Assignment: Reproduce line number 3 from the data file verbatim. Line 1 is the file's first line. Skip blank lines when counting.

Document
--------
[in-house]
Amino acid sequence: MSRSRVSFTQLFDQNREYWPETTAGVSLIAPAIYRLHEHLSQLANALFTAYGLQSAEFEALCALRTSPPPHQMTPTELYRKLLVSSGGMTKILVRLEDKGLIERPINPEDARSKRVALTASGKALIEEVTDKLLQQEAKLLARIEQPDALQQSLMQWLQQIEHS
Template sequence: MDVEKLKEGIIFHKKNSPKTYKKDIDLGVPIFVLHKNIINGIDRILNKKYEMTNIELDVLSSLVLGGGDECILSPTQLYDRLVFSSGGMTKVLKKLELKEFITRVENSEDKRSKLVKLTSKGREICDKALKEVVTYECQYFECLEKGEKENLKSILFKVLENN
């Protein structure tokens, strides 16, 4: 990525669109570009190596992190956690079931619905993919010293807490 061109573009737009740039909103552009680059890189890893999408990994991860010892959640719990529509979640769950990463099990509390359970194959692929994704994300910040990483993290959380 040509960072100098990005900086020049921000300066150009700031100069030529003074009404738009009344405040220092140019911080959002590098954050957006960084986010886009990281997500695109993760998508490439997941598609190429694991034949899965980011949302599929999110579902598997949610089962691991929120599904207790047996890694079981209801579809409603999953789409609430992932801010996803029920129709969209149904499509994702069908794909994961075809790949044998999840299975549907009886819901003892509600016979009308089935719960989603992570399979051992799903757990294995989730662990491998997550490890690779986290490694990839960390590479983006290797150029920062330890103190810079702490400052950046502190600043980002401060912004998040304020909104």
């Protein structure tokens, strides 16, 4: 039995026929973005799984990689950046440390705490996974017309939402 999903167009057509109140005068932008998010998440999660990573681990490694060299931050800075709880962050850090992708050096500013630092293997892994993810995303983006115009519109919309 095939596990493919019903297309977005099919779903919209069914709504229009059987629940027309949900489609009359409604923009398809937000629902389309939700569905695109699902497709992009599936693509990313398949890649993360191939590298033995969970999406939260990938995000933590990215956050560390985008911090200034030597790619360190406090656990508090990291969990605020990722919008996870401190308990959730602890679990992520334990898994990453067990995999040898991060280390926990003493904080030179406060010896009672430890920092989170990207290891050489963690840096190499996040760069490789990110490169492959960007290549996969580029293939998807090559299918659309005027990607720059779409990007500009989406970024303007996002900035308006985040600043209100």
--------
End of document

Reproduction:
Template sequence: MDVEKLKEGIIFHKKNSPKTYKKDIDLGVPIFVLHKNIINGIDRILNKKYEMTNIELDVLSSLVLGGGDECILSPTQLYDRLVFSSGGMTKVLKKLELKEFITRVENSEDKRSKLVKLTSKGREICDKALKEVVTYECQYFECLEKGEKENLKSILFKVLENN